6 Take the underground

Eurotunnel can get you and your car from Folkestone to France in just 35 minutes. And it offers up to four departures per hour, 24 hours a day, all year round. It's an impressive feat for which, in previous years, we've been expected to pay dearly. Cut-price air fares and the goings-on at Dover have changed all that. Eurotunnel is now aggressively promoting fares under £100. It's possible to buy a return ticket for £98 (amendable for a £30 fee), though you must book at least a day in advance and be prepared to make the outward journey after 5pm.

The company is also running a frequent-traveller scheme under which rates from £39 per car and passengers are on offer - but be prepared to pay for 10 single crossings in advance and make the return journeys in the small hours of the morning. The ride is an oddly clinical experience: exit at Junction 11a on the M20 and drive to check-in where you'll be handed a letter of the alphabet which corresponds to your train. Drive through English and French passport controls, on to the shuttle and 35 minutes later you head straight on to the autoroute.

7 Hunt the bargain

With operators adopting an airline-style "fluid pricing" system, it can be hard to deduce who is offering the cheapest fares at any moment. The following quotes are based on a car with two adults and two children. As we go to press, SpeedFerries has the edge with amendable (at a price) return fares to Boulogne from £38 for a standard car with up to six passengers, but tickets at this price are limited. Hoverspeed's lowest return fare to Calais is £49. For western crossings Condor's summer prices from Poole to St Malo (via the Channel Islands) start at £250 and go up to £550 return (and Condor calls at the Channel Islands, which means it offers true duty-free shopping). Brittany Ferries' lowest prices for Portsmouth to Caen are £168 return for a five-day stay or £210 (unlimited stay) up to 6 July. From 7 July to 11 September the fares are £210 (five days) and £260 (unlimited stay) return. Prices from Portsmouth and Poole to Cherbourg begin at £160 return until 6 July and £200 return from July to September. P&O quoted £150 return for a non-refundable but amendable (for £5) ticket for its Portsmouth-Le Havre route departing 7 July, returning 11 July).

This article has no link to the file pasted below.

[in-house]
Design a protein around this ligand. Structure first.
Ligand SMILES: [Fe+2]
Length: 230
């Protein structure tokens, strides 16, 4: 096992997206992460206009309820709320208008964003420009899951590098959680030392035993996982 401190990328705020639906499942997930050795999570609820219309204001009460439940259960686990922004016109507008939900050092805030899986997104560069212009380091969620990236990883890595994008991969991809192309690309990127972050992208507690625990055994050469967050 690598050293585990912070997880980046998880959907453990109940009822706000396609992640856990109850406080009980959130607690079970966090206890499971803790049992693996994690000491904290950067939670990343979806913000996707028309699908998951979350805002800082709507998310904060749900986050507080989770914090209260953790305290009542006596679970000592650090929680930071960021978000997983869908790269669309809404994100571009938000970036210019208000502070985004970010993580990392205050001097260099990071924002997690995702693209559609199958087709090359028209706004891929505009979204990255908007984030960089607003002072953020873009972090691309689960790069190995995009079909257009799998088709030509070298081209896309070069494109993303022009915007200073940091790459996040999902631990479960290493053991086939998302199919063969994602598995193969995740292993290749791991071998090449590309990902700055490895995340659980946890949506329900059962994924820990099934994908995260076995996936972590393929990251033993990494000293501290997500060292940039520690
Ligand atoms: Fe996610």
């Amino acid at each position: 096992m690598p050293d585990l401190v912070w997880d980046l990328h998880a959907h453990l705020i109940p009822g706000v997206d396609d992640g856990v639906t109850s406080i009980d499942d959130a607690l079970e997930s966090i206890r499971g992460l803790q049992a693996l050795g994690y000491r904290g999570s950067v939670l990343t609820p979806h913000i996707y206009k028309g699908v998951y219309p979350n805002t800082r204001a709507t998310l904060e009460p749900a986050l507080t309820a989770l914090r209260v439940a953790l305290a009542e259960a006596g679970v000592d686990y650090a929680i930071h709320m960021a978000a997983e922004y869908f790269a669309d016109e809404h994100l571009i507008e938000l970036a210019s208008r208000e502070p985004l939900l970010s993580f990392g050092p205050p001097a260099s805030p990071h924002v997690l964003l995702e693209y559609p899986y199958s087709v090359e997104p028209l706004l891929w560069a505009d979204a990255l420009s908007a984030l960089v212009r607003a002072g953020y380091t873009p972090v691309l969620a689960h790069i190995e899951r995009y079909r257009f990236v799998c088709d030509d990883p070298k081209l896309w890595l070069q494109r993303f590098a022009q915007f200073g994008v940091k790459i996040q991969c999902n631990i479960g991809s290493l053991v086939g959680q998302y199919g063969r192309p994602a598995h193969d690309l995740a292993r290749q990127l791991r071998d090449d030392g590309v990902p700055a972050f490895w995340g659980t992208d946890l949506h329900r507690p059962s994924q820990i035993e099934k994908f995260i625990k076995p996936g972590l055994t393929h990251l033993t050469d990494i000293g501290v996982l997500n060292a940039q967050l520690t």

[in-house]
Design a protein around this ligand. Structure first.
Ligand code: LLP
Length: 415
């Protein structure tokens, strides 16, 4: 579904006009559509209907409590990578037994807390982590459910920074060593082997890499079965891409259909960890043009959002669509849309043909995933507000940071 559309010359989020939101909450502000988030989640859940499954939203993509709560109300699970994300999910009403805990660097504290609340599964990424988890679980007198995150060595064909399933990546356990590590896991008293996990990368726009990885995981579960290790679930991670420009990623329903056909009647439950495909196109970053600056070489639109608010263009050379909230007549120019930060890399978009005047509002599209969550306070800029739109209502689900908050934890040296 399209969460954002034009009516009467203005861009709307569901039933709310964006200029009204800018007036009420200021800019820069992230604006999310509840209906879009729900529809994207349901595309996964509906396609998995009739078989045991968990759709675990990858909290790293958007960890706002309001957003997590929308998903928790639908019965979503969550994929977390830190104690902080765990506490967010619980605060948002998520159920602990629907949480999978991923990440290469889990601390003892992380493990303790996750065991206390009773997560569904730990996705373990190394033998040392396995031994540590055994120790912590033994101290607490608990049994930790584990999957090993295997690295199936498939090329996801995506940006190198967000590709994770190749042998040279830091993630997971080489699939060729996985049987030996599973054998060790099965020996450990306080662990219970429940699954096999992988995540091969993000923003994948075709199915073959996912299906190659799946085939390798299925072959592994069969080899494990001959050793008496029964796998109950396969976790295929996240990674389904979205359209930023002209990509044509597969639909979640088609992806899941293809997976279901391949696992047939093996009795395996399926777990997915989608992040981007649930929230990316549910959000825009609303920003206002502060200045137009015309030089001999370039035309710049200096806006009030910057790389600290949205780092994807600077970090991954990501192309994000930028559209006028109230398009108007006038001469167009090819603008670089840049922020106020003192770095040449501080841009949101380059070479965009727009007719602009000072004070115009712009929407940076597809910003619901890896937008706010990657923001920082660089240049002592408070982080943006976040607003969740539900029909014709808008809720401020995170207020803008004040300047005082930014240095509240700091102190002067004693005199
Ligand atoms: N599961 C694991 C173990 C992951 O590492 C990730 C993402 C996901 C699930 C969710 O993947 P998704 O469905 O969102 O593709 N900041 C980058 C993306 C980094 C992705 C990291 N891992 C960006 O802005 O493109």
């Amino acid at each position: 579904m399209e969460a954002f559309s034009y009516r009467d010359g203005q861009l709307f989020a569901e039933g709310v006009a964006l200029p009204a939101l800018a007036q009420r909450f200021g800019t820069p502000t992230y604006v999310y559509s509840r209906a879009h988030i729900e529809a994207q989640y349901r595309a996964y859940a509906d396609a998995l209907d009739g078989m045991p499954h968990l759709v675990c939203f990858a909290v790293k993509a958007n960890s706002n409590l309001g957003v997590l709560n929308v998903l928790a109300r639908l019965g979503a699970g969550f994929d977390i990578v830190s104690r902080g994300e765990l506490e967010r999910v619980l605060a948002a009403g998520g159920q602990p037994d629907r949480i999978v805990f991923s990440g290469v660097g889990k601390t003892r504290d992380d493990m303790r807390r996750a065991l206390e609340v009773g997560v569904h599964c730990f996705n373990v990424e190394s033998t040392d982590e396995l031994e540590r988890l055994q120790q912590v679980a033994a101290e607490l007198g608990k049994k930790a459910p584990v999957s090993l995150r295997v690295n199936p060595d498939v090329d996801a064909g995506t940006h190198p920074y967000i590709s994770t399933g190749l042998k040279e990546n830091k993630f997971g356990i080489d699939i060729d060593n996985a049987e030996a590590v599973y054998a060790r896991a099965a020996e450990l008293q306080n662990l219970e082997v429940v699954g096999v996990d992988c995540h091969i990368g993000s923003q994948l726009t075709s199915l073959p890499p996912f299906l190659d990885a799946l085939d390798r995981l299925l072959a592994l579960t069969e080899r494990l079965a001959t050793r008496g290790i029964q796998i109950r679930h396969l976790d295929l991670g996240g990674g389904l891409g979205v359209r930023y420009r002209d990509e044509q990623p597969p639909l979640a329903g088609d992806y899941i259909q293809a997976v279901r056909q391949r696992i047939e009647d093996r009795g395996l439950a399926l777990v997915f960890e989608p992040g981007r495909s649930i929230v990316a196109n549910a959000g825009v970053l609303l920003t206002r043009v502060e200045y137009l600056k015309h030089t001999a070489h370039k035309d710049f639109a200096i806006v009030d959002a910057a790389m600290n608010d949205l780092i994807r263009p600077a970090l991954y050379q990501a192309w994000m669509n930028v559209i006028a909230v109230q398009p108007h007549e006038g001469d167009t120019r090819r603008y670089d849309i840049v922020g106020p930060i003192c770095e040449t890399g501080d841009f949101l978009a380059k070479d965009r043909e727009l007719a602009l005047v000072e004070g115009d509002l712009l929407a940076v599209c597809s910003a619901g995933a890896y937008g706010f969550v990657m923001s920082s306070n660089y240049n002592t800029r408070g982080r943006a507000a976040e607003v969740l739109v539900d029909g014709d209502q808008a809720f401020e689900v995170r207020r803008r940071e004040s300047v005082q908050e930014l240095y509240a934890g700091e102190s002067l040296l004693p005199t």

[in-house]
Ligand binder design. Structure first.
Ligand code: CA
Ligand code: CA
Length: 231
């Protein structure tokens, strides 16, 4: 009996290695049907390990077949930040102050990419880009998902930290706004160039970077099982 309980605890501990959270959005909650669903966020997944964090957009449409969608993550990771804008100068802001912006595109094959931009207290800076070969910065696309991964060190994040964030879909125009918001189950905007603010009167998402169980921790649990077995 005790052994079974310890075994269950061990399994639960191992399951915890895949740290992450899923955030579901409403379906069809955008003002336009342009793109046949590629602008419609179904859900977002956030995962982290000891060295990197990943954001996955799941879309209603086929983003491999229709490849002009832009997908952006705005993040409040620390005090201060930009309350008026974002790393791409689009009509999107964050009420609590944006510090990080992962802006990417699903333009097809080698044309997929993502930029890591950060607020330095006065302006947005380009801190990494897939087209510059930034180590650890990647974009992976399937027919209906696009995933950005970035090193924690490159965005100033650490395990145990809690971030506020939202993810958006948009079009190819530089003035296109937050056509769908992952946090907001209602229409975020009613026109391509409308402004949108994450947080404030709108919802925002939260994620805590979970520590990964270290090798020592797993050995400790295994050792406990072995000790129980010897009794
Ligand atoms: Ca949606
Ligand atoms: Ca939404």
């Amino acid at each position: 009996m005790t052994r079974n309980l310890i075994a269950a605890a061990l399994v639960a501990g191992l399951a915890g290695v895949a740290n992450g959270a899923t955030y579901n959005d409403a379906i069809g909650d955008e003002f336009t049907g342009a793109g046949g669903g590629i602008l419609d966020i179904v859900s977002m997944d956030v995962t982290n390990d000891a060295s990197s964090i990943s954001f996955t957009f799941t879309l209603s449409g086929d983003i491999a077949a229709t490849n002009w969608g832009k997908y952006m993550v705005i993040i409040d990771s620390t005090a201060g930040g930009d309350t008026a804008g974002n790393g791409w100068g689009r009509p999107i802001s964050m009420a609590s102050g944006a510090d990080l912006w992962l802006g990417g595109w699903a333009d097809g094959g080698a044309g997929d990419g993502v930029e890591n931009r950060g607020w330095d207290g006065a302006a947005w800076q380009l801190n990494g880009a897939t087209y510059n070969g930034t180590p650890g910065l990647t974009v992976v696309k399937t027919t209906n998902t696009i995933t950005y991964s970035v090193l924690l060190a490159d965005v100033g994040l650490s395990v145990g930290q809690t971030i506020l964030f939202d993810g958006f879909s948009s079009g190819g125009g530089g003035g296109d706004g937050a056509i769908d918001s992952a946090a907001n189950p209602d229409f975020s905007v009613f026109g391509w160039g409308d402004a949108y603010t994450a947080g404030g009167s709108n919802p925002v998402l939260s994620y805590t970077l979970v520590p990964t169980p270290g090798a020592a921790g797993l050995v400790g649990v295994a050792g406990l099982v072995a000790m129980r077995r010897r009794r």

8 Comfort, at a price

Luxury is not a word associated with crossing the Channel, but those who have had a long drive with restless children will see the crossing as a chance to unwind. Hoverspeed's refitted Seacats now boast "plush leather seating" for every passenger and dedicated terminals either side of the Channel (a legacy from the Hovercraft years) which can mean less queueing. The larger ferries can offer something for everyone - bigger play areas for children, more restaurants and bars and sometimes live entertainment. Anyone willing to pay for a quieter crossing should inquire about a club class reservation. Condor, for example, charges £18.50 extra each way for its club-class service: a quiet room, leather recliners, stewards, laptop connections, newspapers and refreshments. P&O charges £10 extra each way.

9 Plan your route

The AA believes motorists squander £370m of fuel every year trying to find their way around Europe by choosing wrong roads or losing their way. Both the AA and the RAC ( www.theaa.com; www.rac.co.uk) have online route planners which are simple to use.

10 None of the above

For a refreshingly different, and cost-free, crossing, try swimming. The Channel Swimming Association ( www.channelswimmingassociation.com) tells you how to follow in the wake of pioneer Captain Matthew Webb. Beware of the propellors.

Crossing contacts

Brittany Ferries (0870- 536 0360; www.brittany-ferries.co.uk); Condor Ferries (0845-124 2002; www.condorferries.com); Eurotunnel (0870-535 3535; www.eurotunnel.com); Hoverspeed (0870-524 0241; www.hoverspeed.co.uk); Norfolkline (0870-870 1020; www.norfolkline.com);

P&O Ferries (0870-520 2020; www.poferries.com); SeaFrance (0870-571 1711; www.seafrance.com); SpeedFerries (0871-222 7456; www.speedferries.com); Transmanche Ferries (0800-917 1201; www.transmancheferries.com)